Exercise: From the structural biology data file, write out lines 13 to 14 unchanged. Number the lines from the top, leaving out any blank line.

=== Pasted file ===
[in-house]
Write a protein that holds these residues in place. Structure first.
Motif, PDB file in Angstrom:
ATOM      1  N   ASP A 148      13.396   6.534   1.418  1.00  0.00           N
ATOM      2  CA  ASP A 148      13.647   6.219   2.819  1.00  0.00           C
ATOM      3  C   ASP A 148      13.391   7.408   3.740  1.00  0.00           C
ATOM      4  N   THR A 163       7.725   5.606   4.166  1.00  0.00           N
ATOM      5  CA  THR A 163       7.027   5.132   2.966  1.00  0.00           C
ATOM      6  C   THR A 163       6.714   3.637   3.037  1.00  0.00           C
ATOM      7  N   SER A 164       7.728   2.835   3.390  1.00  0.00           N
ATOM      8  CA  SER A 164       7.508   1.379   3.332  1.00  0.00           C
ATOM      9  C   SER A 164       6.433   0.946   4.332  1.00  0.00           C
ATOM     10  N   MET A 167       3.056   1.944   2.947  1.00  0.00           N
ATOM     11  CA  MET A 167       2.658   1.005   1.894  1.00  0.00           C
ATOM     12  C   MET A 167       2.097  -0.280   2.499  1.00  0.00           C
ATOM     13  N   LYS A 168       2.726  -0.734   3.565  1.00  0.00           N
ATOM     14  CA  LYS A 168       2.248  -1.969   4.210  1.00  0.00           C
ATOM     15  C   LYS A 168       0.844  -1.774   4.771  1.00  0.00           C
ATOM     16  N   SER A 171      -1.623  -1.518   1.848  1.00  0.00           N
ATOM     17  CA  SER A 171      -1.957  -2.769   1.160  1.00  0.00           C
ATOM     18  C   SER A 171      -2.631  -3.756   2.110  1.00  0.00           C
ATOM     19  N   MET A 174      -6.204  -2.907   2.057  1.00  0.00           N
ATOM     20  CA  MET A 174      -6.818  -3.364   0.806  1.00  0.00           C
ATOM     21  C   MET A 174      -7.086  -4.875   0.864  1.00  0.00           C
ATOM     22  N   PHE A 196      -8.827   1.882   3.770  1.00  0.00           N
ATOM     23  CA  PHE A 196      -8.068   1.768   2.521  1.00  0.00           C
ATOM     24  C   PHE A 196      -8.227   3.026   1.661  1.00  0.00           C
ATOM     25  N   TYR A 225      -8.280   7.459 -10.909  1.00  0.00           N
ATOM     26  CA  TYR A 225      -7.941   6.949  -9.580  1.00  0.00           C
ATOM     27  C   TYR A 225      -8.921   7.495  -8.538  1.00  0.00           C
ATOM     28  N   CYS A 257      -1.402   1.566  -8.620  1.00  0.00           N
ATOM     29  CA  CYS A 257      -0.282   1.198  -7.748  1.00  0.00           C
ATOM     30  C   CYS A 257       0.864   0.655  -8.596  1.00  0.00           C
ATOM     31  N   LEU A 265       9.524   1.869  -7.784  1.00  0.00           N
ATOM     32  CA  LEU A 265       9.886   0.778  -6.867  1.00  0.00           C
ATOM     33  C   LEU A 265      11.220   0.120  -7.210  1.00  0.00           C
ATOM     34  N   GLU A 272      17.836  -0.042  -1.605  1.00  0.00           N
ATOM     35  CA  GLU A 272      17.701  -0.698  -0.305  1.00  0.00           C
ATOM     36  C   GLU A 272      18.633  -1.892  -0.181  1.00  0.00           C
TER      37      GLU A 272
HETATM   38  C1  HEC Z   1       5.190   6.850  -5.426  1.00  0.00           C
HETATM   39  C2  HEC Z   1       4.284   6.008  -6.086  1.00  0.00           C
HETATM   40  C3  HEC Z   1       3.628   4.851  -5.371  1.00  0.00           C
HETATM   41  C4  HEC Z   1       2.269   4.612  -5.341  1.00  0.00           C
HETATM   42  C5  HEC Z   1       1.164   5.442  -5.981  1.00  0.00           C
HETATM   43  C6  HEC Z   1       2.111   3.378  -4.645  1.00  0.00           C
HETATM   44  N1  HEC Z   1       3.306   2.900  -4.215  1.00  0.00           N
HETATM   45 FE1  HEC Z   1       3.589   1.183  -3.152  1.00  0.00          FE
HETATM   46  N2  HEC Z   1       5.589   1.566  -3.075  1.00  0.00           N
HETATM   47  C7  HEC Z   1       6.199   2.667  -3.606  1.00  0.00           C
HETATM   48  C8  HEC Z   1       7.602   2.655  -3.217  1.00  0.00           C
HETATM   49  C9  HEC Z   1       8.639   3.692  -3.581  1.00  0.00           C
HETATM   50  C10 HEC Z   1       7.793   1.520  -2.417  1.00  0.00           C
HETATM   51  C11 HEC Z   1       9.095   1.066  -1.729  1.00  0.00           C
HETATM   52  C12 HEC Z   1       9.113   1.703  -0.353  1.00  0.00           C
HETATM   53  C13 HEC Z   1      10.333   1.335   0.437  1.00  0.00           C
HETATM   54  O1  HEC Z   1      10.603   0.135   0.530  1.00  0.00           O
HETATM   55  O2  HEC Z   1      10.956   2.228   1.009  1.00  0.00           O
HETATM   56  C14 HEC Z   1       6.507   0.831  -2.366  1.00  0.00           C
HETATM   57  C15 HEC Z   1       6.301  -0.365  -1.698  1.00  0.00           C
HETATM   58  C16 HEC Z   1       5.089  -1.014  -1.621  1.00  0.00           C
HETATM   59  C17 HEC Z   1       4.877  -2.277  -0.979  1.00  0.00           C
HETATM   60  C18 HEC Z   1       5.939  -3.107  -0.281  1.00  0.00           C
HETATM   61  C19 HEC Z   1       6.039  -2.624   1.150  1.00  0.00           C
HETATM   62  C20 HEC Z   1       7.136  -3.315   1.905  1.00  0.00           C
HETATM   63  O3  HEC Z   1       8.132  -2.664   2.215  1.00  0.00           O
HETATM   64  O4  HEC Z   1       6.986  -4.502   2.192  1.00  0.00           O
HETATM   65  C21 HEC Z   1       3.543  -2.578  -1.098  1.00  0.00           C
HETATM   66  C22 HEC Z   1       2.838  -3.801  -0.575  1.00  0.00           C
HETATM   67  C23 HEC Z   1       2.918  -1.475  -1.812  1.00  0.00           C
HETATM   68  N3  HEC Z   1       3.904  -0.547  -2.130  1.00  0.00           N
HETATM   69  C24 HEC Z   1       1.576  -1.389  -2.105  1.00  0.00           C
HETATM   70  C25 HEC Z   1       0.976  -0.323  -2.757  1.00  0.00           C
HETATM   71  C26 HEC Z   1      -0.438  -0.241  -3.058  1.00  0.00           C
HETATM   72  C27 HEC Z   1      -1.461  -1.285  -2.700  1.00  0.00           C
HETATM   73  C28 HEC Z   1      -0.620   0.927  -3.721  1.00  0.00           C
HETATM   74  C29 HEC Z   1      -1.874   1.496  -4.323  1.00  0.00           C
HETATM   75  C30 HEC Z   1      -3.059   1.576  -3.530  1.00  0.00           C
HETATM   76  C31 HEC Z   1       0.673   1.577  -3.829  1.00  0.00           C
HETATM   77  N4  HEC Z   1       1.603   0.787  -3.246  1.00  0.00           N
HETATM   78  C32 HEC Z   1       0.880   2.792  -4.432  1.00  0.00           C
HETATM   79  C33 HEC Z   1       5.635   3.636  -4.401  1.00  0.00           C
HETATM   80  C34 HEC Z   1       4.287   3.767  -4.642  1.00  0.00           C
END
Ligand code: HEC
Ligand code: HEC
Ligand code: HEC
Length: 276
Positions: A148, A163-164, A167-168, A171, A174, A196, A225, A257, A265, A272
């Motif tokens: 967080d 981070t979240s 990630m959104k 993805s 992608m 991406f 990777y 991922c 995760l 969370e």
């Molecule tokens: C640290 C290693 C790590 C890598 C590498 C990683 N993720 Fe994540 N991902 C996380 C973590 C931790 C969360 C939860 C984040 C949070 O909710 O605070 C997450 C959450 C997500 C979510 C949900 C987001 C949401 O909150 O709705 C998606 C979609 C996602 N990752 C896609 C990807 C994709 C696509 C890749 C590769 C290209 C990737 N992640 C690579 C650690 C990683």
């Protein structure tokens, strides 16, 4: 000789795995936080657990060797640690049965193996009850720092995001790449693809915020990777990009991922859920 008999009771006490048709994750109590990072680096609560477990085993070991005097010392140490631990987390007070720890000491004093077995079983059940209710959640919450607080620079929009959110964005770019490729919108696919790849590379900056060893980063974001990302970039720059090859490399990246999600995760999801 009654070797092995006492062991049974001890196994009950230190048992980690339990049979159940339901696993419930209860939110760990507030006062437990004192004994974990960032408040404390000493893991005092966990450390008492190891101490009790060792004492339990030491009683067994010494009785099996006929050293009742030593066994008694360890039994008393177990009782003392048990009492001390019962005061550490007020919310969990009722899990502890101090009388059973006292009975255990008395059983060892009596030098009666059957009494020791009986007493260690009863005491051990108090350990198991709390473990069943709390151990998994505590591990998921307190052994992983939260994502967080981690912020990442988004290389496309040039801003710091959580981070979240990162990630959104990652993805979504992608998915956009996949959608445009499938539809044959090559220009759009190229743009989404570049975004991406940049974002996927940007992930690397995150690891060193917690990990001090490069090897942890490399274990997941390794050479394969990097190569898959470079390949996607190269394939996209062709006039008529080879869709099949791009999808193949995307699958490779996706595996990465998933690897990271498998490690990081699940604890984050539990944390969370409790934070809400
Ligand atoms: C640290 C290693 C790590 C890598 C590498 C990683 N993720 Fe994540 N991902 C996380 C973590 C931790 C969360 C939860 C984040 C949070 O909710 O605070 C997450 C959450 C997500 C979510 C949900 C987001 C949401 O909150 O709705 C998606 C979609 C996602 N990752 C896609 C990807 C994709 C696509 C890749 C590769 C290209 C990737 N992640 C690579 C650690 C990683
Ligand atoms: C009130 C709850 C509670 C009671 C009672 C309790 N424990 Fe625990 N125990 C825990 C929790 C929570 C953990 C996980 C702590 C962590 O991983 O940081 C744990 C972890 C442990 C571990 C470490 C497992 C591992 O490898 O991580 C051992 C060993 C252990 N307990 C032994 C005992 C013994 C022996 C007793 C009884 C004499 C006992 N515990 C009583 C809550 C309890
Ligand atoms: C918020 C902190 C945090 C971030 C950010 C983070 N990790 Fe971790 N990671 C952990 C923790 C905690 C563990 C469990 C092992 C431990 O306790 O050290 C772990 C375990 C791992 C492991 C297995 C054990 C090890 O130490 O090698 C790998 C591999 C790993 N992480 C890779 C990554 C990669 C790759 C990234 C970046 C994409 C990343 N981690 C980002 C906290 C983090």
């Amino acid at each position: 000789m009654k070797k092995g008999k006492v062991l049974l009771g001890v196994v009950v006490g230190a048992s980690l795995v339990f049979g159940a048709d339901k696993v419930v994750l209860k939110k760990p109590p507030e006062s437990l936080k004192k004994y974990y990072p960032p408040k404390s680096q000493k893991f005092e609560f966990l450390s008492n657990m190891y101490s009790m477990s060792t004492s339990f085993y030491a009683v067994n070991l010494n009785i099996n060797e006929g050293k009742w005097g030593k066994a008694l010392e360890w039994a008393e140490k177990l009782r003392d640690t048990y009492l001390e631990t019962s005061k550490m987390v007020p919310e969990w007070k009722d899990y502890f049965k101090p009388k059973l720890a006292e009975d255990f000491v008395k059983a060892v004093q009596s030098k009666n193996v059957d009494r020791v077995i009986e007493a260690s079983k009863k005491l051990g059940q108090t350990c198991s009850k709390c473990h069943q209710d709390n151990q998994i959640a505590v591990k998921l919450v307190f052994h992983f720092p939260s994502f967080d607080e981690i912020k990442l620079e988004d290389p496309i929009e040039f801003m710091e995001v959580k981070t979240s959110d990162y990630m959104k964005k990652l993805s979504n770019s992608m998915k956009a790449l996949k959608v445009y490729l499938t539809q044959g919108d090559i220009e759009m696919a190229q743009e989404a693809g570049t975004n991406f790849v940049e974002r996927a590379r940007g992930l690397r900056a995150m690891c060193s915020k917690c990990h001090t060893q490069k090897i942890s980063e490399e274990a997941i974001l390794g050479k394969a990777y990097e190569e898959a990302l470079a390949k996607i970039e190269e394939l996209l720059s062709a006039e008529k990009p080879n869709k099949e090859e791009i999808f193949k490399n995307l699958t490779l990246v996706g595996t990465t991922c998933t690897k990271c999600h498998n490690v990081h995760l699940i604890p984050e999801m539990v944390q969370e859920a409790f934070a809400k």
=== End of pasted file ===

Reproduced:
ATOM     10  N   MET A 167       3.056   1.944   2.947  1.00  0.00           N
ATOM     11  CA  MET A 167       2.658   1.005   1.894  1.00  0.00           C